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Plaza del Cerro, Chimayo, New Mexico

Cultural District
The old general store and post office on the plaza's south side. – Don J. Usner

ADA Acessibility Notes

There is no ADA access to buildings on the plaza, including the museuem. However, most of the plaza buildings are built on a simple, one- or two-level floor plan and could be easily adapted for ADA access.

The Plaza del Cerro in Chimayo, New Mexico (about 40 minutes north of Santa Fe) is one of the most celebrated, and least protected historic sites in northern New Mexico. Many a scholar has noted its significance as "the best surviving example of a Spanish Colonial plaza in the Southwest," but it has received almost no preservation funding. Even as it continues to decline and parts of it fall into ruin, it retains a remarkable ambiance of the Spanish Colonial and Mexican past. Many people visit it informally, directed there by local businesses; it is difficult to find without direction, even though it lies close to roads and businesses. There have been several attempts to preserve and protect the plaza, primarily from nonprofit organizations, but all have failed so far to win the trust and support of locals. A book about the plaza, published in 1995, has enlightened a wide audience to its historic significance, and momentum is building for some kind of preservation activity. The presence of the Rancho Manzana B&B and farm has also brought life and elegant restoration to the plaza.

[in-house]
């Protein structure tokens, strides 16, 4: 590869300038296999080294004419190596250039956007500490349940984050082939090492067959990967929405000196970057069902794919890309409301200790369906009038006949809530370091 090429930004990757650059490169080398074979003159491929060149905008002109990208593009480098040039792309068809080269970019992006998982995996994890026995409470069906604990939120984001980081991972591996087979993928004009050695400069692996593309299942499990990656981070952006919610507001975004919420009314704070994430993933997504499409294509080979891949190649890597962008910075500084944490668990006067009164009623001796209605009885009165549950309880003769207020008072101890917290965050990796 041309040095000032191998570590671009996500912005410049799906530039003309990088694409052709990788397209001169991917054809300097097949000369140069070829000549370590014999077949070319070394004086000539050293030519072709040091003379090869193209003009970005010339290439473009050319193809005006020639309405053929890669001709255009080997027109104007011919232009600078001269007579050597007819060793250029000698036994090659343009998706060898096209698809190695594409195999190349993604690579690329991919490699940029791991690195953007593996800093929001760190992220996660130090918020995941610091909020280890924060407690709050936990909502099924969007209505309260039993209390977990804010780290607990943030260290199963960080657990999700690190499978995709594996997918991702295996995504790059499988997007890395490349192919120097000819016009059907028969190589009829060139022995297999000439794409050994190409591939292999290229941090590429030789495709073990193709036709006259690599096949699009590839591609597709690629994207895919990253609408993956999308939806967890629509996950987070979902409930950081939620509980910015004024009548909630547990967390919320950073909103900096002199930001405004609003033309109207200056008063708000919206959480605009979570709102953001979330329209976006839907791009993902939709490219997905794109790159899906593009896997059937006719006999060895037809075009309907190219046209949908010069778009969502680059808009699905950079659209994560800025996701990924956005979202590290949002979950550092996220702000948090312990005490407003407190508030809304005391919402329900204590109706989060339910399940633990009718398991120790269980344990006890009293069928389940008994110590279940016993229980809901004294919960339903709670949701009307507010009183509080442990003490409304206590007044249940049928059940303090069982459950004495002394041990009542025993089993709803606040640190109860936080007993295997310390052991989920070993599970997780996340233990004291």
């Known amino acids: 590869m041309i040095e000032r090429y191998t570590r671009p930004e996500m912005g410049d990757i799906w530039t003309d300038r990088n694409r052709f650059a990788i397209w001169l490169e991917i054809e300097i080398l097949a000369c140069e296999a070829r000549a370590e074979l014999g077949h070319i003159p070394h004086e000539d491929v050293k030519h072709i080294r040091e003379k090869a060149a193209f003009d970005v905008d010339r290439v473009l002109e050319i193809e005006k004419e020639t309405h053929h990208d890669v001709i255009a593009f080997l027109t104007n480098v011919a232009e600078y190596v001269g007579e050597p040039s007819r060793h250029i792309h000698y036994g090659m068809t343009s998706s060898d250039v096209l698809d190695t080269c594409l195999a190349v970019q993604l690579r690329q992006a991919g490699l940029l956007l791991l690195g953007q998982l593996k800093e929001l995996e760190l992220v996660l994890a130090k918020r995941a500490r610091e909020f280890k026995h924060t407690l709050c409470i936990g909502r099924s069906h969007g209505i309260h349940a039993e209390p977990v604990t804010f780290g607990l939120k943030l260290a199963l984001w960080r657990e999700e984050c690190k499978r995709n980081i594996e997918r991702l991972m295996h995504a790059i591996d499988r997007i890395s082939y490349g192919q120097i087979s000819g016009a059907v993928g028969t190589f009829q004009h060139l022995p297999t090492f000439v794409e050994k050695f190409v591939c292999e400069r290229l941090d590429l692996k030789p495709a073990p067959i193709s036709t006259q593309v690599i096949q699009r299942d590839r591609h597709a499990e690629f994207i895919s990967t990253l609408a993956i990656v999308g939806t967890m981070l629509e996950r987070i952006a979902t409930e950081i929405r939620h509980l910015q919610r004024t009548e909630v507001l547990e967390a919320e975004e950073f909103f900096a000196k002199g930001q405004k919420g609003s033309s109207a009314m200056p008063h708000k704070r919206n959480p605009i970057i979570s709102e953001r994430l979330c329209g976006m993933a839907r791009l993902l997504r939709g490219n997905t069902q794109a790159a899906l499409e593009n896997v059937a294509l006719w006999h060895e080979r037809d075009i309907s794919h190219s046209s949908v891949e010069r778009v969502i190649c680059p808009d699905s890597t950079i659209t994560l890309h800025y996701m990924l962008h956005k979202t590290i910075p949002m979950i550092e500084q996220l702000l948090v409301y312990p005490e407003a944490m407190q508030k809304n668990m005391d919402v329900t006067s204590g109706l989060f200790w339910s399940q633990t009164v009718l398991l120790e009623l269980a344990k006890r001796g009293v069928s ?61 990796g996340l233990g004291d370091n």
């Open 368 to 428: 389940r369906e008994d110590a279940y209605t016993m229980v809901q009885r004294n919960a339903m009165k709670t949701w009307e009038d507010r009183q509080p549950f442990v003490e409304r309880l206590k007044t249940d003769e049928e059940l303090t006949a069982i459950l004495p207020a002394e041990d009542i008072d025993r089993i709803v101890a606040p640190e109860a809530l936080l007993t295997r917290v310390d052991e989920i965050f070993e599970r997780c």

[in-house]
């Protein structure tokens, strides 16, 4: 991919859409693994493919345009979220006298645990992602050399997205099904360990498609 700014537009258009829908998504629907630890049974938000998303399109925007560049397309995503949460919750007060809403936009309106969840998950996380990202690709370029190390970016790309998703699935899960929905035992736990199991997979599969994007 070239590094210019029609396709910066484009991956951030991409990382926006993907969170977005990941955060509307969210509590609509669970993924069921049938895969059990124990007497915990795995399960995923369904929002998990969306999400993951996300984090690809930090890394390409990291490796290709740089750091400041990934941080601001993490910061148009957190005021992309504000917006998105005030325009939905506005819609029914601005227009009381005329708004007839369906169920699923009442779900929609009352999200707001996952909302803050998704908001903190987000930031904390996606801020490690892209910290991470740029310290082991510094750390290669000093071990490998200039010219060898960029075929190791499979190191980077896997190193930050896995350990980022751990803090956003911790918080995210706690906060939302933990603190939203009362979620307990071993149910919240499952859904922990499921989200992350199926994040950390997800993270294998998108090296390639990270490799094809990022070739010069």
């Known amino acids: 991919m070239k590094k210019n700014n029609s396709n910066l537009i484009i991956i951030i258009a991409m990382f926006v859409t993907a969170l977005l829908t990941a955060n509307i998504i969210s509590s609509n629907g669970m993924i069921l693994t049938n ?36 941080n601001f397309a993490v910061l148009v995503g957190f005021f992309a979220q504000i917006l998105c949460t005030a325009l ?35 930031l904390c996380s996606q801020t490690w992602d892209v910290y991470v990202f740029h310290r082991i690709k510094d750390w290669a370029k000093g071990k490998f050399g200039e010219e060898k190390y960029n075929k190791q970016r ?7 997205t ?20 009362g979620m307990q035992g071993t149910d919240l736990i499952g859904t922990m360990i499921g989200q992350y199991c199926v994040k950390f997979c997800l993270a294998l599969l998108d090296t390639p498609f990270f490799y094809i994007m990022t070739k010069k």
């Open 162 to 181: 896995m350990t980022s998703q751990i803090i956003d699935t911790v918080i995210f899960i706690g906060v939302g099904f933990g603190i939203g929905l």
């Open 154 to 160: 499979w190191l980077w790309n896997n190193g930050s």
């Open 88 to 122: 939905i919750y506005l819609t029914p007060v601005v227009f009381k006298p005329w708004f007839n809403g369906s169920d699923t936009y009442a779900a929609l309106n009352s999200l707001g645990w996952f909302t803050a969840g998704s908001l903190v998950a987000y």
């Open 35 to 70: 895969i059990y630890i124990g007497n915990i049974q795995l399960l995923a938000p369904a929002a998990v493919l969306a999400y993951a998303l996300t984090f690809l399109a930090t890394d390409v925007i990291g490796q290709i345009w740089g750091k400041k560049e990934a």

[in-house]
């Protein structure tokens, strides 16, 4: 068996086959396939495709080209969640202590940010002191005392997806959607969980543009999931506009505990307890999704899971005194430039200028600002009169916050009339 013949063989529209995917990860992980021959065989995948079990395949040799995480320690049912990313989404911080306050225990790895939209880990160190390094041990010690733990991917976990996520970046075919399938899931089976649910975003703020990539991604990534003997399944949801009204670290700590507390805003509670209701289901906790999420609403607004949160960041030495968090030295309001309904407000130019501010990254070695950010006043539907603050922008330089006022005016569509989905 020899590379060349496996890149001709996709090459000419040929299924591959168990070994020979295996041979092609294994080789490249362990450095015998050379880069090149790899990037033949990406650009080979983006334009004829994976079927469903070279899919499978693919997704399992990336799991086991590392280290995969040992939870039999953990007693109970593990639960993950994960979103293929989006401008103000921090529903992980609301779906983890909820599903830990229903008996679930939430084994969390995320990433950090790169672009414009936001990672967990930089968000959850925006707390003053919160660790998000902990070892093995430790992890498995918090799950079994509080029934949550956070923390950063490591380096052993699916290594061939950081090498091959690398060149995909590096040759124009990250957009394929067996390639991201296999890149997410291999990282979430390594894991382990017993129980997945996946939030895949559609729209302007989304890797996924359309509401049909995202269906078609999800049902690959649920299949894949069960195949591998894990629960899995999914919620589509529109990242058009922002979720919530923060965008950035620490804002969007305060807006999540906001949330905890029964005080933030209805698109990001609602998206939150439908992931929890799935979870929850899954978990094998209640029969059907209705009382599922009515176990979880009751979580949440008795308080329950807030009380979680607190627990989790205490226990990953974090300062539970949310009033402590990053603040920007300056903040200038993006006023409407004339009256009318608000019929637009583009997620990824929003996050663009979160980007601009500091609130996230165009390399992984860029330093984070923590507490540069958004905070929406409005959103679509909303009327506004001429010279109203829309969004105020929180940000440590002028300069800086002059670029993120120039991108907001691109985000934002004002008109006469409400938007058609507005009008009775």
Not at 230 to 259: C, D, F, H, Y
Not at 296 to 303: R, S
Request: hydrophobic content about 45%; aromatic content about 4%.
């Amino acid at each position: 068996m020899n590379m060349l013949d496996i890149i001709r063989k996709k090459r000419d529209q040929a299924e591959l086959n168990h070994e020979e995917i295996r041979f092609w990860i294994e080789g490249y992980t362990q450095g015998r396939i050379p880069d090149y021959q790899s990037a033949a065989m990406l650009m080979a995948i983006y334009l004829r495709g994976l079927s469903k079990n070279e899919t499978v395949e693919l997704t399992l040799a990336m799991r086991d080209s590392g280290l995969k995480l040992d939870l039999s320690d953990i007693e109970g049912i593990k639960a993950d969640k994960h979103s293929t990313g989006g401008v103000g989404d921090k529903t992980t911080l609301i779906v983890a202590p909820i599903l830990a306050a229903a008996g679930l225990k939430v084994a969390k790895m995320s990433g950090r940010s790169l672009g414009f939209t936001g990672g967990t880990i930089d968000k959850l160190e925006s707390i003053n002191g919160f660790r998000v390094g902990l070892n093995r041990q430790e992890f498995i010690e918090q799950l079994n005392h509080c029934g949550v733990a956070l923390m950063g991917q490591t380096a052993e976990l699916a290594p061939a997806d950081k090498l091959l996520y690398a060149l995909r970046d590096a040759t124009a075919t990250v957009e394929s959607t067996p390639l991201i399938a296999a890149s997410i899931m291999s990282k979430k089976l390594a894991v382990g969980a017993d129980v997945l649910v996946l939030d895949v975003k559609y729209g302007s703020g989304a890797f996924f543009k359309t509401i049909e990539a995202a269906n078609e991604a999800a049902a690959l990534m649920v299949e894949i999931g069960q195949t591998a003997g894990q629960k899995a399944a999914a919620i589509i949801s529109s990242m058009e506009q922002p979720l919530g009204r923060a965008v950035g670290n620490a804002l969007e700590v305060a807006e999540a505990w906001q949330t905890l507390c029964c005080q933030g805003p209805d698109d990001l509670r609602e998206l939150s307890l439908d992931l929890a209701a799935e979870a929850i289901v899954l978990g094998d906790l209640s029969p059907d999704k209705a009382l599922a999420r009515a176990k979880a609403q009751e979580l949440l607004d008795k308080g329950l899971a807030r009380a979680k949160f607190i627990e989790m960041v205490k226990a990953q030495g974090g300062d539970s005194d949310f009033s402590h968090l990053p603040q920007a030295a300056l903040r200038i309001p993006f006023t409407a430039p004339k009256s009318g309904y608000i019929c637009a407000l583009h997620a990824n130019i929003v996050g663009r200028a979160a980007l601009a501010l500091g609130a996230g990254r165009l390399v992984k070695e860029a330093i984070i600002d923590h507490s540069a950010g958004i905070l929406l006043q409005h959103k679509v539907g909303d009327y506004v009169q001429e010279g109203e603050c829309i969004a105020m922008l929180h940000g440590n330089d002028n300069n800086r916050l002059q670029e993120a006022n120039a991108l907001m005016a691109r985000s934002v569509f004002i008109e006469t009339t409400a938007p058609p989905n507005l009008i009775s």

History of Area

Native people inhabited the Chimayo area beginning at least around 1000 AD, but the first Spanish colonists found the Native pueblos abandoned in the early 1600s. From the Spanish perspective, the lack of Native inhabitation made the valley ideal for settlement, and scattered Spanish ranches and haciendas sprang up in the valley in the seventeenth century. Like the rest of the region, though, the Chimayo valley was abandoned during the Pueblo Revolt in 1680, only to be resettled by Spanish settlers soon after 1700. (The resettlement required the eviction of Pueblo people who had opportunistically taken over the Spanish farms when the colonists left.) As they resettled, the Spanish rebuilt their scattered ranches, but as the eighteenth century wore on, these proved indefensible against a new threat: raiding tribes from the plains. It was during this time that the Spanish government ordered the settlers to consolidate their dwellings into fortified plazas. The colonists came together to build rectangular plazas throughout the region, and the "plaza town" became the basic unit of colonial settlement. Of the many plazas built, very few remain, and the Plaza del Cerro is the best-preserved of all of them. The rectangular arrangement of houses is still discernible, and many elements of Spanish colonial architecture remain. A small chapel on the west side contains superb examples of colonial religious art, and the old general store and post office remain largely intact, reflecting American influence on architecture. A few residents remain in the plaza, and the Rancho Manzana B&B and farm adds a touch of elegant historic preservation and vitality. But most other buildings are abandoned. Some are marginally maintained, while others are slowly crumbling. A local historical association, the Chimayo Cultural Preservation Association, maintains a museum in one of the better-preserved structures.